An Inspiration To Icons
Buffy Sainte-Marie is a legendary Native American songwriter and activist. She was in the beatnik/activist scene in 1964 where she made friends with Bob Dylan who referred her to the NY Times, when she started to rise to fame. Sainte-Marie was born in Saskatchewan, Canada and became an inspiration to her contemporaries including Joni Mitchell, Neil Young, Janis Joplin, Leonard Cohen, and Johnny Cash. Most of the aforementioned icons also covered her songs or performed in duets with Sainte-Marie. Even Elvis Presley became familiar with her and covered her song “Until It’s Time For You to Go.” Buffy Sainte-Marie is a musician’s musician.
Buffy Sainte-Marie started touring as solo artist in 1962. She performed in mostly folk venues and Native American reservations. She landed in Greenwich Vilage, New York where she made her name amongst the biggest names in Folk Rock history.
In 1963 she became addicted to Codeine after a throat infection. This is when she wrote “Cod’ine” which was covered by Donovan, an early Janis Joplin, Gram Parson, and various others including Courtney Love much later on. In 1964, she wrote a protest song called “Universal Soldier,” which was covered by Donovan. Billboard named her Best New Artist that year.
Buffy was legendary. She was the only representative of Native American culture at the time, and one of the biggest names in Native American music to this day. Sainte- Marie has dedicated her life to bringing awareness to the mistreatment of Native Americans, which sparked major controversy. None the less, she continued her activism and released music like “Now That Buffalo’s Gone” and “My Country ‘Tis of Thy People You’re Dying.”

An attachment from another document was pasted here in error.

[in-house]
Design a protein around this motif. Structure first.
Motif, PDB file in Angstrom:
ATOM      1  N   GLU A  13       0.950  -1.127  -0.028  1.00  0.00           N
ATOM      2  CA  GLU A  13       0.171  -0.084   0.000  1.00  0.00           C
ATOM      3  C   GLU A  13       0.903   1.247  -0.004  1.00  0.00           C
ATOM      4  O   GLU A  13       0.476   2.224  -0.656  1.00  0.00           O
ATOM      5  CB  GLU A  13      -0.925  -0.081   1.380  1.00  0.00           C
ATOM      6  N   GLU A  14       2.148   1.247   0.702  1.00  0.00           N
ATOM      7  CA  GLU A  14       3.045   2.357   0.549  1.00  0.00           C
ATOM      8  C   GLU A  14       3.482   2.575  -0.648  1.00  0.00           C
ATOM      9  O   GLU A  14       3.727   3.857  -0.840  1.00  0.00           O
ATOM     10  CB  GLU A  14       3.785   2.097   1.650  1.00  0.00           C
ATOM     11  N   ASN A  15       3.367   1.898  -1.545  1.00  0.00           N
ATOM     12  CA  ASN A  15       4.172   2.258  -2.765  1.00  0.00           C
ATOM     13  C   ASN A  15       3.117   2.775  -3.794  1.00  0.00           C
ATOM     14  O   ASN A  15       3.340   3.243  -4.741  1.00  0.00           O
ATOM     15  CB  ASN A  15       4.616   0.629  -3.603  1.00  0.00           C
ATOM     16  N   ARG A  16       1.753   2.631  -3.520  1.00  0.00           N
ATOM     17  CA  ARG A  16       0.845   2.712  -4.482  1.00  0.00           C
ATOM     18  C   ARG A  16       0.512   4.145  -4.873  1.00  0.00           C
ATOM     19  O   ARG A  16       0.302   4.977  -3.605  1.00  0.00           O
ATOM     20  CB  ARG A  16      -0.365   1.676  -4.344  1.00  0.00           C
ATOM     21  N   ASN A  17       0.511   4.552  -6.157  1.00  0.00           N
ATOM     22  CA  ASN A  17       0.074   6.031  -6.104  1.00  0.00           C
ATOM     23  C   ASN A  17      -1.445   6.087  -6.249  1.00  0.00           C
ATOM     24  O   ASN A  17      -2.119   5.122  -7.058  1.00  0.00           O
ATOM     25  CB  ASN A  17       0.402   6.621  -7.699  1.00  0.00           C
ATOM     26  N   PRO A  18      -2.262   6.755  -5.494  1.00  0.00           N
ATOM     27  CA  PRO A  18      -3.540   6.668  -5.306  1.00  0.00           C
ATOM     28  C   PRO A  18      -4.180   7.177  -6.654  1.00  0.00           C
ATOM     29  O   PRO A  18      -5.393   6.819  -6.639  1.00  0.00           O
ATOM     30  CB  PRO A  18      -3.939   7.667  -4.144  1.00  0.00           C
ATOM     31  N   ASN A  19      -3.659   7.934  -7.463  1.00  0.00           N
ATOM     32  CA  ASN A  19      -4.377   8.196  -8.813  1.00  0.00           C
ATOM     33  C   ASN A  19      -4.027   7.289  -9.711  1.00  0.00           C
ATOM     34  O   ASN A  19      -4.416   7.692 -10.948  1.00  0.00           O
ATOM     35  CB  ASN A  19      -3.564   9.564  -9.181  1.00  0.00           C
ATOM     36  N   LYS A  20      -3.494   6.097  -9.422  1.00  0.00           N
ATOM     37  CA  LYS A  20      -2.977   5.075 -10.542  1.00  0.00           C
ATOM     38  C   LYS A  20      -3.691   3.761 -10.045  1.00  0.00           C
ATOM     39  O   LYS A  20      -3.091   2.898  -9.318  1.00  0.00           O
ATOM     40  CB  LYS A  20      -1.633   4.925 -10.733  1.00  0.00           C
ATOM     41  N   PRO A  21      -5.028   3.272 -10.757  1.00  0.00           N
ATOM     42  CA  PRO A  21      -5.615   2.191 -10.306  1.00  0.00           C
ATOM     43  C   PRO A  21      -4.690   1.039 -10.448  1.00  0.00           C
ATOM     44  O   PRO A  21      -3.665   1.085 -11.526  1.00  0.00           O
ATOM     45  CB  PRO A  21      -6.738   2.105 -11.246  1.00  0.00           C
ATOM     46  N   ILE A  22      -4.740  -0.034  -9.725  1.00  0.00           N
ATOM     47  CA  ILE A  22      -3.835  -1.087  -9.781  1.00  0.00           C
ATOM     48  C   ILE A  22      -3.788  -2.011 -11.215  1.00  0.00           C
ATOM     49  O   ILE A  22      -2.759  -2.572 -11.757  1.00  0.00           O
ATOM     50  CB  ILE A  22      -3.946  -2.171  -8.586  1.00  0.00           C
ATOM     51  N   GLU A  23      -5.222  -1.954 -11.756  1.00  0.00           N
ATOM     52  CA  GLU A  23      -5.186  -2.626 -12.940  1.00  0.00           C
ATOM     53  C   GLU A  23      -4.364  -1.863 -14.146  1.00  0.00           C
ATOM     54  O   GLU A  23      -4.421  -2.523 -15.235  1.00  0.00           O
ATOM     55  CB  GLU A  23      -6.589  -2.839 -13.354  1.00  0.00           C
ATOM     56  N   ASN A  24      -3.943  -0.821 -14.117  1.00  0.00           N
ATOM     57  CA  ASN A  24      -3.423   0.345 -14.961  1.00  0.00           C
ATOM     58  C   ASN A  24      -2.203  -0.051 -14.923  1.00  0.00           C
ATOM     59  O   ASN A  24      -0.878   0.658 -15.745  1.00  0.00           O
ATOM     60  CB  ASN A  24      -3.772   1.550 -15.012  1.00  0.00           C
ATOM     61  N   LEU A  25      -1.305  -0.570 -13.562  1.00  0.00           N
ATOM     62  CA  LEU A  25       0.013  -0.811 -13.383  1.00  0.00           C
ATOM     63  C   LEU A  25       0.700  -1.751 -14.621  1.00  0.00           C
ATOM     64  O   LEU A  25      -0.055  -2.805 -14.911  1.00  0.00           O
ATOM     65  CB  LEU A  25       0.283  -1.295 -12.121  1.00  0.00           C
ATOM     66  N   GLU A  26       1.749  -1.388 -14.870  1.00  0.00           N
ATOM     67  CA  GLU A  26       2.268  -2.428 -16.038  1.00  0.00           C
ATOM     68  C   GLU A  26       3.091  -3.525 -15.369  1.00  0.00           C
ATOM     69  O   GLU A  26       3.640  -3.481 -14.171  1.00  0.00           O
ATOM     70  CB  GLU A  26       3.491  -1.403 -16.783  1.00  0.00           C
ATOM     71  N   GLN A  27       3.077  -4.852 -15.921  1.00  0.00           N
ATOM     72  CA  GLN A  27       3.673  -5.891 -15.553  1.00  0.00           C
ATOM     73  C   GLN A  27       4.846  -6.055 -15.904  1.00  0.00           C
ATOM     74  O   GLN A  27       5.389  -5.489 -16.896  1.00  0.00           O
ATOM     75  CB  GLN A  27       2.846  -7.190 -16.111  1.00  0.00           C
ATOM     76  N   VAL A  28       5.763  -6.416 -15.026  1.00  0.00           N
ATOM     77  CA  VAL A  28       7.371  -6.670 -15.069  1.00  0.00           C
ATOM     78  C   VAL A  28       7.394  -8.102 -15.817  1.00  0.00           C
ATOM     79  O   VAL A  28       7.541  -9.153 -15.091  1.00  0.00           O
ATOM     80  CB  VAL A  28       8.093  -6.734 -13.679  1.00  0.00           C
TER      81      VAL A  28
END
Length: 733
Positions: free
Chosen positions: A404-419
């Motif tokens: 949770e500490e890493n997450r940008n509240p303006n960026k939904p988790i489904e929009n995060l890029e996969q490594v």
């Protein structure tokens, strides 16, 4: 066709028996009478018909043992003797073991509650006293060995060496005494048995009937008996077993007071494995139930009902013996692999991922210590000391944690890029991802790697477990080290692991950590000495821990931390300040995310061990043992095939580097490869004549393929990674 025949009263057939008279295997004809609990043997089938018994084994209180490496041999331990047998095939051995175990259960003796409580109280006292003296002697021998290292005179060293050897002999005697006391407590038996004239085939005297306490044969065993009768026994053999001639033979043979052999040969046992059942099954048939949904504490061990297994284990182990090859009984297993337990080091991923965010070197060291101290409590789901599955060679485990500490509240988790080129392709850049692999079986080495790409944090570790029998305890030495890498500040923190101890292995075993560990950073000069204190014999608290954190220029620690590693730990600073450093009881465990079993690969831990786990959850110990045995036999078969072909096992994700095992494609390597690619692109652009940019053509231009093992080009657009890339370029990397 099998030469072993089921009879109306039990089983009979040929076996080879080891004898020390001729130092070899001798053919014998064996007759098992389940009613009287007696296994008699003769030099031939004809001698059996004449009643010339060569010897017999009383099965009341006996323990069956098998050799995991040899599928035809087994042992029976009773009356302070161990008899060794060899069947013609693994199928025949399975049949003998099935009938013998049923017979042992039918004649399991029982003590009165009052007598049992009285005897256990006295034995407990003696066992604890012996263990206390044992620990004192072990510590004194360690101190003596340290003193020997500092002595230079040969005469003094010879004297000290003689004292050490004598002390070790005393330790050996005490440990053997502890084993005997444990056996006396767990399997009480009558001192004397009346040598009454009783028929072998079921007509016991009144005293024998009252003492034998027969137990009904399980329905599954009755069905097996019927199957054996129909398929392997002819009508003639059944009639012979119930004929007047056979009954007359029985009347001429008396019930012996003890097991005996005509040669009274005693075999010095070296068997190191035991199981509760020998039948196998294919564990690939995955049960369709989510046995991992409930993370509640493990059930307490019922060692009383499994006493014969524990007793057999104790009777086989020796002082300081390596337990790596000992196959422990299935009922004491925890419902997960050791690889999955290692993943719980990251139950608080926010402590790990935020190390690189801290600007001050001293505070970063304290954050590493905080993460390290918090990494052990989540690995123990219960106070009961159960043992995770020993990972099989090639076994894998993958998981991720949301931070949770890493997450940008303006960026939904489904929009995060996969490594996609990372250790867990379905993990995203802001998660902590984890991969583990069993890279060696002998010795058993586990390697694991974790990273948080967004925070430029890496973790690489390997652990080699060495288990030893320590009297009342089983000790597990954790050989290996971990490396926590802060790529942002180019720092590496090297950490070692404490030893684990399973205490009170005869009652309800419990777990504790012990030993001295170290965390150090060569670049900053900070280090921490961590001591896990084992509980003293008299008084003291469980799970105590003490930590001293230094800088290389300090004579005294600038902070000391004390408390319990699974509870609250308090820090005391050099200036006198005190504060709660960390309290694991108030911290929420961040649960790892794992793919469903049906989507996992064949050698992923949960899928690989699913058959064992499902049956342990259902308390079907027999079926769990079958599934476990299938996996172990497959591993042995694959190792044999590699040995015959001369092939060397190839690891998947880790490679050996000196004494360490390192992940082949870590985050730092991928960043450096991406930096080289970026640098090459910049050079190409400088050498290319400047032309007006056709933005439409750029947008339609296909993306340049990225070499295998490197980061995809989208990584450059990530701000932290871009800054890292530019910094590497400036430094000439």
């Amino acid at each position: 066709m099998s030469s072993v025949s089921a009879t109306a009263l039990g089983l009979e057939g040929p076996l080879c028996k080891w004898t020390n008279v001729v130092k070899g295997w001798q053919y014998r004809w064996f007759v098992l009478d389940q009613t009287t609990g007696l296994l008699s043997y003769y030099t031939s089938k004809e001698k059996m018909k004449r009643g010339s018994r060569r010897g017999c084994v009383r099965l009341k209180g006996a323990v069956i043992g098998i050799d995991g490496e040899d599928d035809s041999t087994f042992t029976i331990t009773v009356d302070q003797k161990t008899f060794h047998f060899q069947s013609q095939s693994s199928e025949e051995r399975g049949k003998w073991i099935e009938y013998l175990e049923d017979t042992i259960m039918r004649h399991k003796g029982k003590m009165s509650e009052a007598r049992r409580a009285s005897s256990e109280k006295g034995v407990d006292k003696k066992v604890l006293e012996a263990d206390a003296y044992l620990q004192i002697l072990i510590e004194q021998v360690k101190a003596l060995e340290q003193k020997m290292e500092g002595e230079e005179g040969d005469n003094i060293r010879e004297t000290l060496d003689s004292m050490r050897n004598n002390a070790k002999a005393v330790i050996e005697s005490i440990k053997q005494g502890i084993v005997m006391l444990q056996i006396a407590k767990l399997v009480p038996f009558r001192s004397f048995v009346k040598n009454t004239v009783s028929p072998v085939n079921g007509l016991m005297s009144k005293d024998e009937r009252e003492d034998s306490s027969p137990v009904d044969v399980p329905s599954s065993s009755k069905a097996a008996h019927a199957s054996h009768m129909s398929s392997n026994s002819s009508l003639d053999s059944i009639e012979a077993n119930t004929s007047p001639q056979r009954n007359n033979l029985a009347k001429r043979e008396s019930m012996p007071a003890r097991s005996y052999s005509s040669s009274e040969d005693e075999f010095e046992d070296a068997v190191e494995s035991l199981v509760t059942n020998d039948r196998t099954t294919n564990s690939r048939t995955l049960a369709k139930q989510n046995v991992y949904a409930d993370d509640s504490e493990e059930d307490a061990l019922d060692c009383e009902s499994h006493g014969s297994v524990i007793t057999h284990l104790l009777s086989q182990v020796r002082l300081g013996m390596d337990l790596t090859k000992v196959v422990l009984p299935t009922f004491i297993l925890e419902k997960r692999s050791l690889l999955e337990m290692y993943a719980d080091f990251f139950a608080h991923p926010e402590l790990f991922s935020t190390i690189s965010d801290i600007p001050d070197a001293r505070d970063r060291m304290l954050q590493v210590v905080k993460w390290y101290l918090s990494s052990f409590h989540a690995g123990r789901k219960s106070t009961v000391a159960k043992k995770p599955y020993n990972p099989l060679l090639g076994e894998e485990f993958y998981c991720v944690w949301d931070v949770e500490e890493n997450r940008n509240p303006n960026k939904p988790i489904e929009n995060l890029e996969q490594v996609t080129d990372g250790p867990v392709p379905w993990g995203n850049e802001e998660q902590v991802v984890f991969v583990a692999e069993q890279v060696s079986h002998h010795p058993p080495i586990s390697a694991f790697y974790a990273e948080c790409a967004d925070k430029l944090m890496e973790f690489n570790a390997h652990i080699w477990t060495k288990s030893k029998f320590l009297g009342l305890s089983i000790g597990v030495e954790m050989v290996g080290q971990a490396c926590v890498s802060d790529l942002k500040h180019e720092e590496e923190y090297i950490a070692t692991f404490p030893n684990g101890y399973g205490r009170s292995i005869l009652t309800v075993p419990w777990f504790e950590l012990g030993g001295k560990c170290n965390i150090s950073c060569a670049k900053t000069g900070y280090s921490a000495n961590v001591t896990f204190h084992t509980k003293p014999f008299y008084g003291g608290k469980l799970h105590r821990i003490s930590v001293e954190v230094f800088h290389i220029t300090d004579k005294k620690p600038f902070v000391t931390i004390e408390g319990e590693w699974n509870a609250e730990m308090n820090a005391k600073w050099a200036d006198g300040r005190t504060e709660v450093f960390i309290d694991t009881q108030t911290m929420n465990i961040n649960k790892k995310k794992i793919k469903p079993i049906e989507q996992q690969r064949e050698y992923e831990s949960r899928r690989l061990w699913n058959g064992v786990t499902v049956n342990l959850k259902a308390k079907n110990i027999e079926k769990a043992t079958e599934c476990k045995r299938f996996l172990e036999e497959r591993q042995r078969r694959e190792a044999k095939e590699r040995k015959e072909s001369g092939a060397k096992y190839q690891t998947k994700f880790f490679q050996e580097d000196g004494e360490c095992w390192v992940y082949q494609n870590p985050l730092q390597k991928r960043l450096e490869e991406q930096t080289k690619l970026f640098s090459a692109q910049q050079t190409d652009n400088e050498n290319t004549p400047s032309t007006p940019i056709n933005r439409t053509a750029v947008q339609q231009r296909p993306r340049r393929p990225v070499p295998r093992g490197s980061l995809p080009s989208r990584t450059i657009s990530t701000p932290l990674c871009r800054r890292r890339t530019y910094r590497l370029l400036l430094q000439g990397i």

Buffy was ahead of her times. She started editing and recording her music on Apple and Macintosh products as early as 1981. She received an Academy Award for Best Song in 1982 for “Up Where We Belong” which was used in An Officer and a Gentleman.
Buffy Sainte-Marie was able to adapt to all forms of music and songwriting whether it was Native American folklore on solo tours, working on American Bandstand, The Johnny Cash Show, and The Tonight Show Starring Johnny Carson. She is a hero to women and indigenous people across the world.
Buffy Sainte-Marie was in a class of her own. Her songwriting was unparalleled and was matched with a haunting voice that lingered in the air as she sang passionately.
Her style was not a fashion statement. She was a proud Native American from the Piapot Plains Cree First Nation Reserve in Qu’Appelle Valley in Saskatchewan, Canada.
Sainte-Marie adapted well to all cultures despite her pride. She was a frequent staple in Greenwhich Village during the beatnik scene of the 1960s.
She was the voice of her nation and a legendary performer.
To this day, Buffy Sainte- Marie is a swoon worthy woman, musician, songwriter, and activist. Go Buffy!